Verses 6-7

Isaiah 22:6-7. And Elam bare the quiver This second member of the first part of this prophecy, which begins here, seems evidently to refer to the Assyrian invasion; for the Medes and Elamites, or Persians, were united with the Assyrians in the time of Sennacherib, but not of Nebuchadnezzar. The Persians were expert bowmen, as appears from Jeremiah 49:35, and from Strabo’s testimony. With chariots of men and horsemen As some of them fought on foot, so others from chariots and horses. And Kir That is, the Medes, so called, from an eminent city and region of that name in Media, 2 Kings 16:9; Amos 1:5; uncovered the shield Prepared their defensive and offensive weapons, and themselves, for the battle; for in times of peace arms were wrapped up and covered, to preserve them clean and fit for use. Thy choicest valleys shall be full of chariots Valleys were the most proper places for the use of chariots; and the horsemen at the gate To assist and defend the footmen, while they made the assault, and to prevent those who endeavoured to escape.

Verses 8-11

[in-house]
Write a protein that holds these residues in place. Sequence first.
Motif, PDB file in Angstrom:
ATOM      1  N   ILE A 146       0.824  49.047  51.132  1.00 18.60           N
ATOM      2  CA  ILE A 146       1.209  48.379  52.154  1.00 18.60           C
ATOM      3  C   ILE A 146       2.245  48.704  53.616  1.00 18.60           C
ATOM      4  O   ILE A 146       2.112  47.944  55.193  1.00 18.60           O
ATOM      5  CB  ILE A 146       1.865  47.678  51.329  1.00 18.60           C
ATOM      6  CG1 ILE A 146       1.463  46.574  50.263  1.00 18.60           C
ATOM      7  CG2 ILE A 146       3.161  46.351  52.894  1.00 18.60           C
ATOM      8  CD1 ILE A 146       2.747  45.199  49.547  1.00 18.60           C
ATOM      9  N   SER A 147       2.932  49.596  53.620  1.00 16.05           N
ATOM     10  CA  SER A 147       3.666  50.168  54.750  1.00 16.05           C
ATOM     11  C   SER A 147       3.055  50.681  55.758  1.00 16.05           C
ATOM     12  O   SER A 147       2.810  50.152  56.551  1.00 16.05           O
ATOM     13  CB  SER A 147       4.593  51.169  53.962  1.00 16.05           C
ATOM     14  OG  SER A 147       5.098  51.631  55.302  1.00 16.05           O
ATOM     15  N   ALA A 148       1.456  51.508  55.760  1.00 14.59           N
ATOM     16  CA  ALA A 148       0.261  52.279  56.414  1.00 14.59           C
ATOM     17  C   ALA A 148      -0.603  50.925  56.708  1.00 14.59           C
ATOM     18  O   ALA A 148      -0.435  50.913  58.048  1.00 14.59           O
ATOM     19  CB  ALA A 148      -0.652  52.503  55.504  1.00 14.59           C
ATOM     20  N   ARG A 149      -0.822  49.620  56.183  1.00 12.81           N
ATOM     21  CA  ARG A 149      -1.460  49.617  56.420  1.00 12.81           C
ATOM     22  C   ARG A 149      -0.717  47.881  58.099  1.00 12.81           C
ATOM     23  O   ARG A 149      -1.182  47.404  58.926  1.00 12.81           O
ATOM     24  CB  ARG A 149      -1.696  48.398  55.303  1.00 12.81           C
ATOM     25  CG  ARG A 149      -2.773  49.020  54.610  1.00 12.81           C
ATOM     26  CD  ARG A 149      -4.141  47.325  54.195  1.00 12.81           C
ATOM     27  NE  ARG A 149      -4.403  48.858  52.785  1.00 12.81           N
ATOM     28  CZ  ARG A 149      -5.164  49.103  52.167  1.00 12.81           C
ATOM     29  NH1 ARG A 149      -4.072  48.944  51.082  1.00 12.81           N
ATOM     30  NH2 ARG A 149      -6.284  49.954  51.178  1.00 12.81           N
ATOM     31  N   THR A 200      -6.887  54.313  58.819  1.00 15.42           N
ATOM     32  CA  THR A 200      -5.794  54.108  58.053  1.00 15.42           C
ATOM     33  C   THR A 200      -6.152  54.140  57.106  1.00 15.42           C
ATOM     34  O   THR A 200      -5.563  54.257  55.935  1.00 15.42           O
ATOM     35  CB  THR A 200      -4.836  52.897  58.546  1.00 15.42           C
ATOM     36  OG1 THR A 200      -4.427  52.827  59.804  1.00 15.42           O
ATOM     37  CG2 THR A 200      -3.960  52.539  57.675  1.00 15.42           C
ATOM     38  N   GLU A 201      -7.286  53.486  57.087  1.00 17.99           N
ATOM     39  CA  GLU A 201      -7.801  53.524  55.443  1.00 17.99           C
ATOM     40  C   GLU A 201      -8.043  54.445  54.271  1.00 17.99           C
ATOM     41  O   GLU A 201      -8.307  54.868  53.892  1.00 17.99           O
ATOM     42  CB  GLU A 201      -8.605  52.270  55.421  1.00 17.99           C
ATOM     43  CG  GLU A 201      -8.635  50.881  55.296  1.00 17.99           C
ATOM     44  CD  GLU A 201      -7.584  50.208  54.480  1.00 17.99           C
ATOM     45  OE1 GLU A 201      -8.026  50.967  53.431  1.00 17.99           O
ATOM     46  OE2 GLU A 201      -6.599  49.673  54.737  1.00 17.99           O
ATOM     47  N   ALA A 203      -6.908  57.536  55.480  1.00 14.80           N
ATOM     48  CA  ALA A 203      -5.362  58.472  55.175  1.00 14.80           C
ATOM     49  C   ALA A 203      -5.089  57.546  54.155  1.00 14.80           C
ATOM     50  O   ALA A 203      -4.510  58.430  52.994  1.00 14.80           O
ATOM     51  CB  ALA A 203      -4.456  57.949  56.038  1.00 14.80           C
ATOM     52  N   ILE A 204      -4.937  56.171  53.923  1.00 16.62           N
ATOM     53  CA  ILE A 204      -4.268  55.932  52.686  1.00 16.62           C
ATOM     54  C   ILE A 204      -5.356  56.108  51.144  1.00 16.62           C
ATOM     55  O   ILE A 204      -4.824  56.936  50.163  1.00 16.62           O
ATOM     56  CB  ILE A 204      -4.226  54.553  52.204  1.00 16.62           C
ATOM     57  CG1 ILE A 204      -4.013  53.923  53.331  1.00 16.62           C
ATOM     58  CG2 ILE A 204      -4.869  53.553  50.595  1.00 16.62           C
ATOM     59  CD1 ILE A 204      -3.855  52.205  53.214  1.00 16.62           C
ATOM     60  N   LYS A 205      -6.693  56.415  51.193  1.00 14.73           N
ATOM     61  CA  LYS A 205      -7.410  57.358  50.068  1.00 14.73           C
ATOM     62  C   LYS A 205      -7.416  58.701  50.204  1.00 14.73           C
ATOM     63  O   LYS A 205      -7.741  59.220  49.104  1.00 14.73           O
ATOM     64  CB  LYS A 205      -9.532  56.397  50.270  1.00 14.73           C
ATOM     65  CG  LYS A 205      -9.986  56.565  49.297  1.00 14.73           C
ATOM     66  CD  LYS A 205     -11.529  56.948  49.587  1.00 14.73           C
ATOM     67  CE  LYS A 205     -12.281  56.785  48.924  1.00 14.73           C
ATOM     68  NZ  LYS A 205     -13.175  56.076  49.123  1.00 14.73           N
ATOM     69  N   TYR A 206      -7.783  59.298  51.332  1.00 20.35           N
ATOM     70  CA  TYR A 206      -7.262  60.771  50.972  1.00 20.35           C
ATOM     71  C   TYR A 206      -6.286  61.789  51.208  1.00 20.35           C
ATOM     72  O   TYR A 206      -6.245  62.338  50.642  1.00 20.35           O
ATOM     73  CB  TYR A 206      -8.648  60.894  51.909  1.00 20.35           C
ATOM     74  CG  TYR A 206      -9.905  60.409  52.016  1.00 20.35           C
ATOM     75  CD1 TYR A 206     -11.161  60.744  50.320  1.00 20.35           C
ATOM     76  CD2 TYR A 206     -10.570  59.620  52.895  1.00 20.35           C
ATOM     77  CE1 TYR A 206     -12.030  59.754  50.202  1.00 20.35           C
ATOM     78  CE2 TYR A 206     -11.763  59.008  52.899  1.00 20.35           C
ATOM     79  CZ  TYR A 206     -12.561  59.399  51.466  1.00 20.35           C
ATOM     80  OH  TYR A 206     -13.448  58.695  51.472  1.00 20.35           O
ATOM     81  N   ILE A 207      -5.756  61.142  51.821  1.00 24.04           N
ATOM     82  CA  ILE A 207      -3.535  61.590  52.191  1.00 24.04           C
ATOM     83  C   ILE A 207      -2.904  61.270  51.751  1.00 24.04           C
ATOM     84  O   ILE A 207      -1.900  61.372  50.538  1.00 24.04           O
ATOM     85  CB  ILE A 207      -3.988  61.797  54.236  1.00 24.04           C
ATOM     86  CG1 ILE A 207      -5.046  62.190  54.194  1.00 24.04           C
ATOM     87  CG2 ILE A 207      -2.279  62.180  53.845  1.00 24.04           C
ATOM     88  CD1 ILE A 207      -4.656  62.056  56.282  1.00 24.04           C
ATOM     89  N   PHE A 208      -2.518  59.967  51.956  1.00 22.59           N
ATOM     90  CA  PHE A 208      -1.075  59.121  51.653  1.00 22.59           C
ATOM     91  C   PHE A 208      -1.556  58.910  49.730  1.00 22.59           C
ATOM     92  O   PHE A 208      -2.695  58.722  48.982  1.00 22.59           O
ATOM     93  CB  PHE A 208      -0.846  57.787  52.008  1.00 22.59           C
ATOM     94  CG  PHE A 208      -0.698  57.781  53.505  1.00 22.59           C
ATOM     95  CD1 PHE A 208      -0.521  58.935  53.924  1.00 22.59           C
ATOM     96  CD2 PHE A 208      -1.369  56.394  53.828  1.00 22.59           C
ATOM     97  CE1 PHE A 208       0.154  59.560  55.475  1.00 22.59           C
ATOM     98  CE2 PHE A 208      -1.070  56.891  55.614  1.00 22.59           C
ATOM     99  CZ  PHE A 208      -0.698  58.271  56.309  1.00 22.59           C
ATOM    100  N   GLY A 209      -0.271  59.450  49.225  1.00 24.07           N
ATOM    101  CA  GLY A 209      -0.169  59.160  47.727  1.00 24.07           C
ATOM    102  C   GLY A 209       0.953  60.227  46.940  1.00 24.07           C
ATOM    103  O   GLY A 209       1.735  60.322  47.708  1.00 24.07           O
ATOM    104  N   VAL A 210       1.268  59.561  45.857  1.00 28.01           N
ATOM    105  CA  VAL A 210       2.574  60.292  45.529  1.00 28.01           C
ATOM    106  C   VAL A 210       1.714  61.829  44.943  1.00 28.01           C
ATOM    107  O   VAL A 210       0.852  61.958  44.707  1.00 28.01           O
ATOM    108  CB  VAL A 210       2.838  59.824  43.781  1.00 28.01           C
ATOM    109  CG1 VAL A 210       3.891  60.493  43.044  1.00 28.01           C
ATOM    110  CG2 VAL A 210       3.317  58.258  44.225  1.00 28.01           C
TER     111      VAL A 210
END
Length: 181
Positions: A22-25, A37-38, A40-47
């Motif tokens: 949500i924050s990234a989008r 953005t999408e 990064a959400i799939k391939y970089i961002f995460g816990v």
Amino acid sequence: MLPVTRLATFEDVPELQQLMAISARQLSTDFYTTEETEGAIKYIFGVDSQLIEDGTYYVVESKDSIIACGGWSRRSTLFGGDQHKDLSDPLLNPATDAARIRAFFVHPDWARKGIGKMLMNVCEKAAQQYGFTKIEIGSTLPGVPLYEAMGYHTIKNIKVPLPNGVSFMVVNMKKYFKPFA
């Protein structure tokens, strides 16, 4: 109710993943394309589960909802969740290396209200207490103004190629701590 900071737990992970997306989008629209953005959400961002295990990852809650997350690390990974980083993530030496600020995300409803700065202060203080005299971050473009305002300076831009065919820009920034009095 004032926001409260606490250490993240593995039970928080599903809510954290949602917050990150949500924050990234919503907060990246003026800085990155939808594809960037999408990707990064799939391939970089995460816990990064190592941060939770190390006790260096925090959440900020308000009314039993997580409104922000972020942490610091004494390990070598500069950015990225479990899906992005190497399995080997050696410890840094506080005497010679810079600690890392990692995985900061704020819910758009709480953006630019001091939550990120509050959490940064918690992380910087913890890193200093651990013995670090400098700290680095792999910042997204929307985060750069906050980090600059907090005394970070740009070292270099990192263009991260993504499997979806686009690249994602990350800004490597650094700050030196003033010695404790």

Isaiah 22:8-11. And he Namely, the enemy Sennacherib, of whose invasion he seems to speak; discovered the covering of Judah Took those fenced cities which were a covering or safeguard, both to the people of Judah and to Jerusalem. Thou didst look Or, rather, as Dr. Waterland and Bishop Lowth render it, Thou shalt, or wilt look, &c. For the prophet is evidently predicting an invasion which was future, and the behaviour of the Jews on that occasion. He is showing beforehand some of the causes of these judgments, namely, the crimes and vices of the people; and first, in these verses, their inconsideration and want of faith. They would look, he says, to the armour of the house of the forest But not to God. The history (2 Chronicles 32:2, &c.) best explains this passage. From thence we learn, that the prince and the people were rather solicitous to seek for human defence, by fortifying their city, than for that which was divine, by having respect unto him who was their king and protector. The house of the forest is that mentioned 1 Kings 7:2, where the armory was kept. See the note there. The prophet proceeds to foretel that they would see, that is, observe or consider, the breaches of the city of David Namely, in order to the reparation of them, and to fortify the city; that they would gather the waters of the lower pool In order that they might both deprive the enemy of water, and supply the city with it: of which see on 2 Chronicles 32:3-4. That they would number the houses of Jerusalem Namely, with a view to know their own strength, and the number of their people, that so they might lay the burdens more equally upon them, and make sufficient provision for them; that they would break down the houses Namely, which stood upon or without the walls of their city, and which therefore would have given their enemies advantage against them, and have hindered the fortifying of the city. But, adds he, ye have not looked, or will not look, into the maker thereof That is, of Jerusalem, mentioned in the foregoing verse; him that fashioned it Hebrew, ויצרה , the former, or framer of it. God, who made it a city, and the place of his special presence and worship; which also he had undertaken to protect, on condition that the people would observe his commands; to whom, therefore, they should have had recourse in this time of their distress. The expression מרחוק , of old, or long ago, may be added to aggravate their sin in distrusting that God who had now, for a long time, given proof of his care and kindness in defending that city.